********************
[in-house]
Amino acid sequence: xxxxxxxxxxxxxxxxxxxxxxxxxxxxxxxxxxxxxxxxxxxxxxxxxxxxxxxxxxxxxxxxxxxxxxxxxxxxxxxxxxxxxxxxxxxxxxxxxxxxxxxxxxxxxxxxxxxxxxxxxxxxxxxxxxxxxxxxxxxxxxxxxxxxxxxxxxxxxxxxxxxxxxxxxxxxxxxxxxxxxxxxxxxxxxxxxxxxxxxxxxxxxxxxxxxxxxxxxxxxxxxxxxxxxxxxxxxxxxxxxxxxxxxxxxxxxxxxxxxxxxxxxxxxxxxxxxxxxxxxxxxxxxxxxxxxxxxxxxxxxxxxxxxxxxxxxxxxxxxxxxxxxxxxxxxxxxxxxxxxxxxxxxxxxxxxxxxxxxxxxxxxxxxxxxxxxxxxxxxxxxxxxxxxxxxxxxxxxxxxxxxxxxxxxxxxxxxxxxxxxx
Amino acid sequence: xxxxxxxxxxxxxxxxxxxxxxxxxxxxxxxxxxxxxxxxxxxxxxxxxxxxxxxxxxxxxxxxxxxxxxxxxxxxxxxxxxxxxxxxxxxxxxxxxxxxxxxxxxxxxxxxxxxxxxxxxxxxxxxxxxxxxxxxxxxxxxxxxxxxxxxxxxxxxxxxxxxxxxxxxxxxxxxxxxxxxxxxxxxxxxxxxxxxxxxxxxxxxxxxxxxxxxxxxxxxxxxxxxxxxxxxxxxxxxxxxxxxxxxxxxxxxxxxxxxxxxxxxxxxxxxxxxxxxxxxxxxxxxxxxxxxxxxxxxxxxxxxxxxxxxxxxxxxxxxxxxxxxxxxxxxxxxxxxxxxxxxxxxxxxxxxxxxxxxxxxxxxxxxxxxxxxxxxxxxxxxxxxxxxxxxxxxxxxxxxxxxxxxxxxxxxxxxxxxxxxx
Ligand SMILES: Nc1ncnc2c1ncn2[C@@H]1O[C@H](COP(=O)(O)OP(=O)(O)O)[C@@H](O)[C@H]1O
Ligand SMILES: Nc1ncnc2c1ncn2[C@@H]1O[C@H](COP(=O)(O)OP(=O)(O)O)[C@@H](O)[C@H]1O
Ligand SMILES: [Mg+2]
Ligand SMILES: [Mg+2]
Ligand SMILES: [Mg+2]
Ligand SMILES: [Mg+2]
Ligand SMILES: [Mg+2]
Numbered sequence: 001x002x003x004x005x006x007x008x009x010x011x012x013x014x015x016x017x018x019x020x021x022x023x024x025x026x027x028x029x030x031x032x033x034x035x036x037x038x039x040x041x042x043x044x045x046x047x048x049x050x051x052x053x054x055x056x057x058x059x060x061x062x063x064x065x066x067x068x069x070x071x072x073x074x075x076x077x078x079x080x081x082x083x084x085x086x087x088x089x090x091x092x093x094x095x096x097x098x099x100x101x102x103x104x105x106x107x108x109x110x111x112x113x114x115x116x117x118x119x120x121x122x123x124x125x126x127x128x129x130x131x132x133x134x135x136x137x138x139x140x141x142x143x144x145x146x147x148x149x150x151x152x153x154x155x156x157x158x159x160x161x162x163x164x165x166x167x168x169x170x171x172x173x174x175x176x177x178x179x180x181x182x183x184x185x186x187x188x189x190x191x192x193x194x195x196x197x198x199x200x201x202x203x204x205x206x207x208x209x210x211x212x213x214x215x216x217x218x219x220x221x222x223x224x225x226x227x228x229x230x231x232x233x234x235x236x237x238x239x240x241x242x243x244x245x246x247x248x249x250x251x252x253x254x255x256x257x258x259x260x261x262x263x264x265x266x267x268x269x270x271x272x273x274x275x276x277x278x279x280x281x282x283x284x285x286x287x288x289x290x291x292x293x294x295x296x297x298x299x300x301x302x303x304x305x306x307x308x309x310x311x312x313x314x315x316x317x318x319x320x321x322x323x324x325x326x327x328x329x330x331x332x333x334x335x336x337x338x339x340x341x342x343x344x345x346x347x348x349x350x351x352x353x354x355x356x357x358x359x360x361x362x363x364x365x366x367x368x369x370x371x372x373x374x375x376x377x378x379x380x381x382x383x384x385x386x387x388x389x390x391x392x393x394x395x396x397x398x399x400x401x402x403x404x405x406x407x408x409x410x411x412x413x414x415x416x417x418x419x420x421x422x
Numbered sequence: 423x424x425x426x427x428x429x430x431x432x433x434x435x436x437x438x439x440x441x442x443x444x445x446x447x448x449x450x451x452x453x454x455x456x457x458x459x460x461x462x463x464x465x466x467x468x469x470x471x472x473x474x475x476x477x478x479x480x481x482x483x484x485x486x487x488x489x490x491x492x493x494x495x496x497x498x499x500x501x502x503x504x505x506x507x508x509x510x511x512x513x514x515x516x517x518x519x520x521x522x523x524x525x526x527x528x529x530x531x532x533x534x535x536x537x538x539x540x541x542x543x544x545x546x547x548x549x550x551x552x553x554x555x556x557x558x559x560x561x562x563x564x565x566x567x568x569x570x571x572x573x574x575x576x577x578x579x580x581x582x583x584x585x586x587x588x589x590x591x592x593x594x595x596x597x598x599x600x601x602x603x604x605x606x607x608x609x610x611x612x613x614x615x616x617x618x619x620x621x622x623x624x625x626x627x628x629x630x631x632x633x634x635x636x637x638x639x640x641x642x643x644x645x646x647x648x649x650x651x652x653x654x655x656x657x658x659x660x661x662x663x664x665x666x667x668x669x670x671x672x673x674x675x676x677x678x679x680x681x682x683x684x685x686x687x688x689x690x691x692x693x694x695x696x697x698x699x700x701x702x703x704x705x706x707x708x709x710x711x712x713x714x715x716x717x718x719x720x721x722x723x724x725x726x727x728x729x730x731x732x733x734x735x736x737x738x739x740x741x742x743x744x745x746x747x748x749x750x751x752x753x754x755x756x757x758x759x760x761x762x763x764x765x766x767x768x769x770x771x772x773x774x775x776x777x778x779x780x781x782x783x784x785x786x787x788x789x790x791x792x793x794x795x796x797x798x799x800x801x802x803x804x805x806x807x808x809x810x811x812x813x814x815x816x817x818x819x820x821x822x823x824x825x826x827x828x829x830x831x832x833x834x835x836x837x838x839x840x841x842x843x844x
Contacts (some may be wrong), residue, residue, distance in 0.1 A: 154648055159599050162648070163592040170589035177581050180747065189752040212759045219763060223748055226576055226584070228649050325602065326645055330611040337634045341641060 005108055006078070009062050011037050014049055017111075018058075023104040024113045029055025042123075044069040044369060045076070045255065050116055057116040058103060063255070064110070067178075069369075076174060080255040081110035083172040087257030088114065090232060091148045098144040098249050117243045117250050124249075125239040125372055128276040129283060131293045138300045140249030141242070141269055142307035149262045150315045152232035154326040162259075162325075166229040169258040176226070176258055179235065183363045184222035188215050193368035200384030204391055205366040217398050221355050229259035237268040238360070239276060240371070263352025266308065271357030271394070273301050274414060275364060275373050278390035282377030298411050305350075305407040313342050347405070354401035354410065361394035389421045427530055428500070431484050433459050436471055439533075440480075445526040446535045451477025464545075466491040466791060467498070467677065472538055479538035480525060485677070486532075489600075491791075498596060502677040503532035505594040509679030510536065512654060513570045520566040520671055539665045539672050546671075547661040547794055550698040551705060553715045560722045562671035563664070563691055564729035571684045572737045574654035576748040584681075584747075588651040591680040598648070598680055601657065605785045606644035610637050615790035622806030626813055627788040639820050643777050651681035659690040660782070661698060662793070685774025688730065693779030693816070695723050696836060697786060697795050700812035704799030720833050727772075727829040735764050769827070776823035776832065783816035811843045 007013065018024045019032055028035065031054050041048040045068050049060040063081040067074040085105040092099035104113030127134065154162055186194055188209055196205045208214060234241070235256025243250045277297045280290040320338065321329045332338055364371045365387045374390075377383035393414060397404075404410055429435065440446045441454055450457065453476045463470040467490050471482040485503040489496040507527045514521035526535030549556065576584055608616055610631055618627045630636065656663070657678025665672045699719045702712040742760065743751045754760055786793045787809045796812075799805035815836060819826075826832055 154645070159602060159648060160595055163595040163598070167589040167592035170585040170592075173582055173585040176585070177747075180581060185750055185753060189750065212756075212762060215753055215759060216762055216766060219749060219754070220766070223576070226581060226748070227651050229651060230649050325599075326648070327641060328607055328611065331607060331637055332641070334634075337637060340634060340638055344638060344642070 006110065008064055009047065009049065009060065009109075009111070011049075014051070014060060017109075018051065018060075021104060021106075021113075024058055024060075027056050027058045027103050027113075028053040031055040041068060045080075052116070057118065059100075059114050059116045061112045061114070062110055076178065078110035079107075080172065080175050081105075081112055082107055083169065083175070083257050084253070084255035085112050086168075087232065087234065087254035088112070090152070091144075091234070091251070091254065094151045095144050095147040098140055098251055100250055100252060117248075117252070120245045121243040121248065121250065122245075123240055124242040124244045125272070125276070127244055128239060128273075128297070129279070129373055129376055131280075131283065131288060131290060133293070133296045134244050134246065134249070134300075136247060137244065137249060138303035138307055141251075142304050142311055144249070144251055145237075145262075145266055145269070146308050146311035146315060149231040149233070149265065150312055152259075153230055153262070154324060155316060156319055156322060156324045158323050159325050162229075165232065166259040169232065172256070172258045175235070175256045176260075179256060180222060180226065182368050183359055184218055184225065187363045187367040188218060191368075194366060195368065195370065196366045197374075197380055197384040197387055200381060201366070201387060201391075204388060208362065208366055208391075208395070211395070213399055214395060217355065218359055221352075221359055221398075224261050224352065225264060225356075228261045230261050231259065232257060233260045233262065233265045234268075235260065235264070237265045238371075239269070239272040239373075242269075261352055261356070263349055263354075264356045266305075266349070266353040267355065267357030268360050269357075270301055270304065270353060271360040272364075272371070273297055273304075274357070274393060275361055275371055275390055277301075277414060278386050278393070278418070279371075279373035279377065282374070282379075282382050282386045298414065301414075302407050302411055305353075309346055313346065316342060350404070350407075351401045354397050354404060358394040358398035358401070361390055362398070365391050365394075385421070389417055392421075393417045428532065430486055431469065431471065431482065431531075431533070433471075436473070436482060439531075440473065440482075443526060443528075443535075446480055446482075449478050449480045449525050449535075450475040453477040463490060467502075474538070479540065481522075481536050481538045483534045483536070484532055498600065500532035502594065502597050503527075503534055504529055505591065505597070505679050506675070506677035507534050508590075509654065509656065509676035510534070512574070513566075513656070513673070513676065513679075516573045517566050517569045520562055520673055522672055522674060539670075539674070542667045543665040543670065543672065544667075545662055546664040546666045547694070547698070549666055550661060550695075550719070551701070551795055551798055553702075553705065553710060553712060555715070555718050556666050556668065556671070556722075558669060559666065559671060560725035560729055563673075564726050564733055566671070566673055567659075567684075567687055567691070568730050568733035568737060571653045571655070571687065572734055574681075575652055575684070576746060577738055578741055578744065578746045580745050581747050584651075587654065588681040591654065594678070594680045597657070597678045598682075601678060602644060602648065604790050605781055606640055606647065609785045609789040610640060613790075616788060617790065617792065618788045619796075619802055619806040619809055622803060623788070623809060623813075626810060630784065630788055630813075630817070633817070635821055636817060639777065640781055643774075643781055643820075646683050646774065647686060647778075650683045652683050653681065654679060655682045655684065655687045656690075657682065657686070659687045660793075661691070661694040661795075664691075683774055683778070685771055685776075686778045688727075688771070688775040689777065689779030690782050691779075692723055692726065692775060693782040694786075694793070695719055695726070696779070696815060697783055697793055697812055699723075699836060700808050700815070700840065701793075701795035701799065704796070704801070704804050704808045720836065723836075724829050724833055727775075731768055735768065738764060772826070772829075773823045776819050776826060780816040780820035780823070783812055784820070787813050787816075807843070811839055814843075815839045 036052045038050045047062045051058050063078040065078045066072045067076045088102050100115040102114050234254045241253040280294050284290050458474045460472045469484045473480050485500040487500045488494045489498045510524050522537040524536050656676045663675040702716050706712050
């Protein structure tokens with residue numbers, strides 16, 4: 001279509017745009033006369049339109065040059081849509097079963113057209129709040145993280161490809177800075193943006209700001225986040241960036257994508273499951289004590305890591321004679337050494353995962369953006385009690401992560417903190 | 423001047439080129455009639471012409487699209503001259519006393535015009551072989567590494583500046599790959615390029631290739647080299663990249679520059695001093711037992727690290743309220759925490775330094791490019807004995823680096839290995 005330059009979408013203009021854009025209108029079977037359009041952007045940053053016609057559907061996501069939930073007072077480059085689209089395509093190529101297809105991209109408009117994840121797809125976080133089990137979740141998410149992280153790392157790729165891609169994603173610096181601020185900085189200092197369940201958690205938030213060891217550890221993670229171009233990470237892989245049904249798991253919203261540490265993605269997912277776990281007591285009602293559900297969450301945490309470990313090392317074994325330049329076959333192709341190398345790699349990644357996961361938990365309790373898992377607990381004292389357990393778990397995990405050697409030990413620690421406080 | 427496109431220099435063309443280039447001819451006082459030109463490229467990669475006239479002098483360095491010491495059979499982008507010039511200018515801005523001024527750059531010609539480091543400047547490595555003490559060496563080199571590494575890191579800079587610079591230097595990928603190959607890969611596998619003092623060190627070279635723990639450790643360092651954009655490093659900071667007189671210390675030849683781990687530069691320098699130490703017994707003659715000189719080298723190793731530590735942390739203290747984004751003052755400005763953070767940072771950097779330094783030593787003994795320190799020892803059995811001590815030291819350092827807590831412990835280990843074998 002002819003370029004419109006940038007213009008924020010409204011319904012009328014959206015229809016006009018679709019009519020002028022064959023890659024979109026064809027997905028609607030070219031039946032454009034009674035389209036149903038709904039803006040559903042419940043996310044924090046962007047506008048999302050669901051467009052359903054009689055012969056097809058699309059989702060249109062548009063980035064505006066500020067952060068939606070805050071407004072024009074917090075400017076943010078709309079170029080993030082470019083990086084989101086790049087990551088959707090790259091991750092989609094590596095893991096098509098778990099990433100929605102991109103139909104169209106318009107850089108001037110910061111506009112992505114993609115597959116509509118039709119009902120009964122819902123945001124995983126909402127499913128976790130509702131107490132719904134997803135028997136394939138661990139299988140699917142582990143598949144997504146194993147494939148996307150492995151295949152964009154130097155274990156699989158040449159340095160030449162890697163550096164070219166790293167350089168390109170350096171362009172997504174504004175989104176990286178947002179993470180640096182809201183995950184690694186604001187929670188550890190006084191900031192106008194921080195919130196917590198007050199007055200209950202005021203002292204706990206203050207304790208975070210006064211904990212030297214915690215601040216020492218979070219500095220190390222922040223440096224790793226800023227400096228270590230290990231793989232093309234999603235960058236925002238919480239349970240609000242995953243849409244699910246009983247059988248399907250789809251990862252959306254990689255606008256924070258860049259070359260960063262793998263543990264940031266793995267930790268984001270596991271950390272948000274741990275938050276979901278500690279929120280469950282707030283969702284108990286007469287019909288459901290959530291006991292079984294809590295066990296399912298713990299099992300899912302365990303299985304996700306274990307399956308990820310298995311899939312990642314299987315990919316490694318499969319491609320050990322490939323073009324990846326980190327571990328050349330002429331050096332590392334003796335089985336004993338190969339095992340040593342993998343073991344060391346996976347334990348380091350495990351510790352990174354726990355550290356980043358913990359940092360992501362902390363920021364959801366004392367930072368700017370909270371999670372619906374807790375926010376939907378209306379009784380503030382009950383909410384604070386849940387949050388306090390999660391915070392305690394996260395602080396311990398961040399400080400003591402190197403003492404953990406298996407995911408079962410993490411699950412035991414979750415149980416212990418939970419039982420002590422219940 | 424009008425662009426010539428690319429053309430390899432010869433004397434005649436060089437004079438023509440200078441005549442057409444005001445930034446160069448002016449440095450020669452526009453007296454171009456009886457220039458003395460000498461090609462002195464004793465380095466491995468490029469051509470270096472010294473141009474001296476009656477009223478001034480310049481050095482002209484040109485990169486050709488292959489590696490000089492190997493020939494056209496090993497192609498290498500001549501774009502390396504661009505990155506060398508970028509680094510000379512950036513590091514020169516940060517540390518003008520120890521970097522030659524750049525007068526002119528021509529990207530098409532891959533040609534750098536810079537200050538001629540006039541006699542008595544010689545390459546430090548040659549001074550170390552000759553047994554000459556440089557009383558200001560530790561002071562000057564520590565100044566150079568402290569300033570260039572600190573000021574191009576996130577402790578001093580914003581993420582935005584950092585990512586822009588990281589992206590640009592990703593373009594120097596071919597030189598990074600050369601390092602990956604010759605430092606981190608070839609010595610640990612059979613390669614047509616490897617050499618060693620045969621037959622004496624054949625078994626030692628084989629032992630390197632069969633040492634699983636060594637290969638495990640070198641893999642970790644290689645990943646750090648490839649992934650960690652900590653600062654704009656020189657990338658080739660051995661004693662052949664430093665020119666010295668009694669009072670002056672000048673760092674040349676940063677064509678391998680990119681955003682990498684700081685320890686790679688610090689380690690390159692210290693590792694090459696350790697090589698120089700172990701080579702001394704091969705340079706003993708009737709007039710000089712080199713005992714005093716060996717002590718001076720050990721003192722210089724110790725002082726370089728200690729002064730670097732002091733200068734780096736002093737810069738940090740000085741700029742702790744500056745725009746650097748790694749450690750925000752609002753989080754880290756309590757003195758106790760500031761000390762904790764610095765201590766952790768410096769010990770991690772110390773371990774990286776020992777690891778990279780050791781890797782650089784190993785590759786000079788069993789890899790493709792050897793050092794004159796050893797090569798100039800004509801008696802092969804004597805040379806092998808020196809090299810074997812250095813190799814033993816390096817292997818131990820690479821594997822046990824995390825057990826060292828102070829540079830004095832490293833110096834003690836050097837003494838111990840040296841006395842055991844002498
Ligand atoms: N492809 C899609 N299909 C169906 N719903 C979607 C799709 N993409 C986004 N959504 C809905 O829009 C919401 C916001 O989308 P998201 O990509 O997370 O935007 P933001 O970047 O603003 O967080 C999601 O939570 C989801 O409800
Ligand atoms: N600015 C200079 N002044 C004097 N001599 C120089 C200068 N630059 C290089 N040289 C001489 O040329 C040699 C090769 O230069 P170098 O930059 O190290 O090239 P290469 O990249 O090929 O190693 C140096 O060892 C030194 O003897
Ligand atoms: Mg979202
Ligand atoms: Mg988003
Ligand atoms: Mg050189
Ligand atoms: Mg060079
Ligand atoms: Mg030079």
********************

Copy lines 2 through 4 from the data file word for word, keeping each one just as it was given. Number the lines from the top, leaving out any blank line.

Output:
Amino acid sequence: xxxxxxxxxxxxxxxxxxxxxxxxxxxxxxxxxxxxxxxxxxxxxxxxxxxxxxxxxxxxxxxxxxxxxxxxxxxxxxxxxxxxxxxxxxxxxxxxxxxxxxxxxxxxxxxxxxxxxxxxxxxxxxxxxxxxxxxxxxxxxxxxxxxxxxxxxxxxxxxxxxxxxxxxxxxxxxxxxxxxxxxxxxxxxxxxxxxxxxxxxxxxxxxxxxxxxxxxxxxxxxxxxxxxxxxxxxxxxxxxxxxxxxxxxxxxxxxxxxxxxxxxxxxxxxxxxxxxxxxxxxxxxxxxxxxxxxxxxxxxxxxxxxxxxxxxxxxxxxxxxxxxxxxxxxxxxxxxxxxxxxxxxxxxxxxxxxxxxxxxxxxxxxxxxxxxxxxxxxxxxxxxxxxxxxxxxxxxxxxxxxxxxxxxxxxxxxxxxxxxxx
Amino acid sequence: xxxxxxxxxxxxxxxxxxxxxxxxxxxxxxxxxxxxxxxxxxxxxxxxxxxxxxxxxxxxxxxxxxxxxxxxxxxxxxxxxxxxxxxxxxxxxxxxxxxxxxxxxxxxxxxxxxxxxxxxxxxxxxxxxxxxxxxxxxxxxxxxxxxxxxxxxxxxxxxxxxxxxxxxxxxxxxxxxxxxxxxxxxxxxxxxxxxxxxxxxxxxxxxxxxxxxxxxxxxxxxxxxxxxxxxxxxxxxxxxxxxxxxxxxxxxxxxxxxxxxxxxxxxxxxxxxxxxxxxxxxxxxxxxxxxxxxxxxxxxxxxxxxxxxxxxxxxxxxxxxxxxxxxxxxxxxxxxxxxxxxxxxxxxxxxxxxxxxxxxxxxxxxxxxxxxxxxxxxxxxxxxxxxxxxxxxxxxxxxxxxxxxxxxxxxxxxxxxxxxxx
Ligand SMILES: Nc1ncnc2c1ncn2[C@@H]1O[C@H](COP(=O)(O)OP(=O)(O)O)[C@@H](O)[C@H]1O